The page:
It is an honor to see a child for their very first dental appointment. Having seen countless numbers of children for their first dental visit, I have come to recognize ways parents can help the appointment to be more successful.
A child’s first dental visit can set the tone for future dental appointments. My goal, as a pediatric dentist, is to create a positive experience by keeping the mood light, taking extra time to introduce our dental instruments, and using verbiage that will allow the child to feel comfortable in this new environment. The first dental visit is as much for the parents as it is the child. It is the parent’s responsibility to discuss issues with cleaning at home or any dental concerns. It is the dentist’s responsibility to instruct the parent on the most recent dental recommendations as well as to address the parents’ concerns to set the child up for healthy dental habits at home. It is extremely important for the parents and dentist to be on the same page and, as a team, work together to give the child the best possible dental health.
1. Stay Positive
Many people experience anxiety when it comes to visiting the dentist. The anxiety typically stems from a negative experience that occurred in the past. It is important to shield your child from these feelings. Children are sensitive to their parent’s emotions and can become anxious if they know their parent is afraid of the dentist. Dentistry has changed drastically over the past 20 years and continues to change daily to allow for a better dental experience.
2. Brush Your Child’s Teeth at Home
Setting your child up for a positive dental experience starts at home. If a child sees a toothbrush and a toothbrush being regularly used at home, then when they come to the dentist, although the environment is new, they will see familiar items and understand what they are used for. People are comfortable with the familiar, and oftentimes anxiety stems from the fear of the unknown.
3. Use the Right Words
In becoming a pediatric dentist, I developed a language all my own. It is important to translate what is being done or what a child will feel into words they can relate to and be okay with. Avoid the S-H-O-T word at all costs, especially prior to the first visit. Unless it is an emergency visit, there is no need for an injection at the first visit. This goes along with cleaning at home. I cringe every time I hear a parent say, “If you don’t let me (or the dentist) brush your teeth, you are going to get cavities, and the dentist is going to give you a shot.” Threats like this are scary, unnecessary, and make the child afraid of going to the dentist.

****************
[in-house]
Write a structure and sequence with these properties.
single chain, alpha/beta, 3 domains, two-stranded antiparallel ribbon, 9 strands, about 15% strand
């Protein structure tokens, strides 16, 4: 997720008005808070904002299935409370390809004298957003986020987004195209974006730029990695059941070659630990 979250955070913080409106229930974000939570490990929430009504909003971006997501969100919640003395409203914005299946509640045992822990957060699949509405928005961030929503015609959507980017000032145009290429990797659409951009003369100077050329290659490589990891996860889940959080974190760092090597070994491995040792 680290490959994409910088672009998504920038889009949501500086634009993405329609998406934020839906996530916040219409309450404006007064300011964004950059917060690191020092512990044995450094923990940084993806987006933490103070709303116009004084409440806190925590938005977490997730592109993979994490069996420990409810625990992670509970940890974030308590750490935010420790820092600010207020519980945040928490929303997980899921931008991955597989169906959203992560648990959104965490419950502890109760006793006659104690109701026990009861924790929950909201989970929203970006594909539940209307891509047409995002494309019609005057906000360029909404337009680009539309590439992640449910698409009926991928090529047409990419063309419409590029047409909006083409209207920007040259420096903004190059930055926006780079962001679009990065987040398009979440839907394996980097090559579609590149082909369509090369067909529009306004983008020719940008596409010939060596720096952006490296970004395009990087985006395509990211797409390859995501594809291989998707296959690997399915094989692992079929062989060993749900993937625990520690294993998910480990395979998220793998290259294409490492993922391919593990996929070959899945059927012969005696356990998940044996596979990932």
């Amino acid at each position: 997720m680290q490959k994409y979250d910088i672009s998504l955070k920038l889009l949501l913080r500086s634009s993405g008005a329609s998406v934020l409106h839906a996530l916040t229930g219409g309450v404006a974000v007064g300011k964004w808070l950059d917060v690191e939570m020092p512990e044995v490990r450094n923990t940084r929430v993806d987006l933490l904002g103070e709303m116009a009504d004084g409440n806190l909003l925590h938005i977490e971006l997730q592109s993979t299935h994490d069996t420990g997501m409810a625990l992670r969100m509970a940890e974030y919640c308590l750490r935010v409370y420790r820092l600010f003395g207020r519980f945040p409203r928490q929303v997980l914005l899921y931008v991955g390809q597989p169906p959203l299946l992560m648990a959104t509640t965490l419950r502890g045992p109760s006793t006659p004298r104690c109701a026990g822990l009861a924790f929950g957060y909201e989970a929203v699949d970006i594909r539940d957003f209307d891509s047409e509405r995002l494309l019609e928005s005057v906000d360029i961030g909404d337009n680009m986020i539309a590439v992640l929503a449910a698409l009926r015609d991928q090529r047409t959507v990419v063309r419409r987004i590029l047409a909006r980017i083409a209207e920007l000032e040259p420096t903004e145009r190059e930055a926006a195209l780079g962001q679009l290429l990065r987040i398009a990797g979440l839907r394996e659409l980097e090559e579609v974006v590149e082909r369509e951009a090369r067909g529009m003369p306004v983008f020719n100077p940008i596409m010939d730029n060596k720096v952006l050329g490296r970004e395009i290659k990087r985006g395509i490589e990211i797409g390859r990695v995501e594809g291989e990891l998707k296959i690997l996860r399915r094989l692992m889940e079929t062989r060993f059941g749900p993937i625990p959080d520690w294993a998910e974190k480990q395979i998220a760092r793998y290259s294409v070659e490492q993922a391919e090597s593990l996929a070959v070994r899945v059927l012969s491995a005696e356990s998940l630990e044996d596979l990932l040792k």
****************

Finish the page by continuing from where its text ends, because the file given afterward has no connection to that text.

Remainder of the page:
Instead tell your child, “The dentist is going to brush your teeth and may take some pictures of your teeth.” In my office, the dental explorer is called a “tooth counter.” The suction becomes “Mr. Thirsty.” The air is “wind.” The water is my “squirt gun.” The mirror is called my “Barbie mirror.” And so, it goes. Perhaps one day I will be asked to write the Milling Pediatric Dental Dictionary, but until that day arrives, I will continue developing its vocabulary.
4. Read a Book
Numerous books and characters go to the dentist. If your child likes Peppa, there is a book for that. If your kid likes Daniel Tiger, there is a book for that. The Berenstain Bears? You got it. There is a book for that. No book will ever be able to explain the exact dentist and dental office because all offices are different, but the general idea and themes will be there. Often children want to experience what their favorite characters experience. Now, if only I could get Spiderman to go to the dentist.
5. Do Not Make It a Big Deal
Going to the dentist for the first time is a big deal, and I would never want to cheapen it. It is a milestone in our little children’s lives, and as mothers, we want every milestone to be picturesque. What if they misbehave? What if they cry? What if they spit in the dentist’s face? What if they bite the hygienist? How will this reflect on my child or my parenting? Do not go down the rabbit holes of “what ifs.”
If your child is young, it is perfectly normal for a few tears to be shed. Does your child cry or fight you at home when brushing? Then why would it be any different at the dentist. If I may be so bold as to give another piece of advice, do not hover. Give your child and the dentist space so a trusting relationship can be built. Parents are the ultimate authority in a child’s life. Even though a parent’s intentions are often to be helpful, when a parent interjects reprimands or encouragement, it detracts from what the dentist is saying and doing. It can be confusing to a child to hear multiple people telling them what to do. A child always hears a parent over any other authority figure. Although they do not always do what we say, as parents, they are always listening for that familiar voice they know and love.
If you keep in mind these five things, you will set your child up for a great first visit. And if the appointment goes south, do not be too hard on yourself or your child. Go into the appointment with an open mind, and give your child the opportunity to flourish in this new environment.